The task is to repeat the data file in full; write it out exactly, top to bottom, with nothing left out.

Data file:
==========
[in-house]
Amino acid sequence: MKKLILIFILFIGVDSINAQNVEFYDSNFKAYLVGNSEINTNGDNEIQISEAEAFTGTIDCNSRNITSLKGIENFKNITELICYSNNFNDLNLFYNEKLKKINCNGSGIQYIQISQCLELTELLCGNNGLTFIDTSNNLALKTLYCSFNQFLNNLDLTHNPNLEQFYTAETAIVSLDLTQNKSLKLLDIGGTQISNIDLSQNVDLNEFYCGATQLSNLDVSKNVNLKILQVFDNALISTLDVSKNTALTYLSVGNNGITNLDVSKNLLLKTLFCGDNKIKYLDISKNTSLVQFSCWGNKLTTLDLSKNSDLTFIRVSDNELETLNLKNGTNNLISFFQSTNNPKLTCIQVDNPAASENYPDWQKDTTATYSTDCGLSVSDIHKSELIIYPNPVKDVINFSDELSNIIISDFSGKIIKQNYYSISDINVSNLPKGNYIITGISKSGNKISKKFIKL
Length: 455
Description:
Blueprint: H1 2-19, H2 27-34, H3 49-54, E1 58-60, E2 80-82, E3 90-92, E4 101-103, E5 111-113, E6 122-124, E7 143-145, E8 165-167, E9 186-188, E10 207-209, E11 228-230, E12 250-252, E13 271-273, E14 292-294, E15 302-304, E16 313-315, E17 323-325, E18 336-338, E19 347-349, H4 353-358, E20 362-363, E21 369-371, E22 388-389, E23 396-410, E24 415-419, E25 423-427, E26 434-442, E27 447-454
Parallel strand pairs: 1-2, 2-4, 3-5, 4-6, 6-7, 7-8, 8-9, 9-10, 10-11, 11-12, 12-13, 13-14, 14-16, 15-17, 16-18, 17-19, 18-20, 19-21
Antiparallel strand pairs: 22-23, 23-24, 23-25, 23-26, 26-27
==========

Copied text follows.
[in-house]
Amino acid sequence: MKKLILIFILFIGVDSINAQNVEFYDSNFKAYLVGNSEINTNGDNEIQISEAEAFTGTIDCNSRNITSLKGIENFKNITELICYSNNFNDLNLFYNEKLKKINCNGSGIQYIQISQCLELTELLCGNNGLTFIDTSNNLALKTLYCSFNQFLNNLDLTHNPNLEQFYTAETAIVSLDLTQNKSLKLLDIGGTQISNIDLSQNVDLNEFYCGATQLSNLDVSKNVNLKILQVFDNALISTLDVSKNTALTYLSVGNNGITNLDVSKNLLLKTLFCGDNKIKYLDISKNTSLVQFSCWGNKLTTLDLSKNSDLTFIRVSDNELETLNLKNGTNNLISFFQSTNNPKLTCIQVDNPAASENYPDWQKDTTATYSTDCGLSVSDIHKSELIIYPNPVKDVINFSDELSNIIISDFSGKIIKQNYYSISDINVSNLPKGNYIITGISKSGNKISKKFIKL
Length: 455
Description:
Blueprint: H1 2-19, H2 27-34, H3 49-54, E1 58-60, E2 80-82, E3 90-92, E4 101-103, E5 111-113, E6 122-124, E7 143-145, E8 165-167, E9 186-188, E10 207-209, E11 228-230, E12 250-252, E13 271-273, E14 292-294, E15 302-304, E16 313-315, E17 323-325, E18 336-338, E19 347-349, H4 353-358, E20 362-363, E21 369-371, E22 388-389, E23 396-410, E24 415-419, E25 423-427, E26 434-442, E27 447-454
Parallel strand pairs: 1-2, 2-4, 3-5, 4-6, 6-7, 7-8, 8-9, 9-10, 10-11, 11-12, 12-13, 13-14, 14-16, 15-17, 16-18, 17-19, 18-20, 19-21
Antiparallel strand pairs: 22-23, 23-24, 23-25, 23-26, 26-27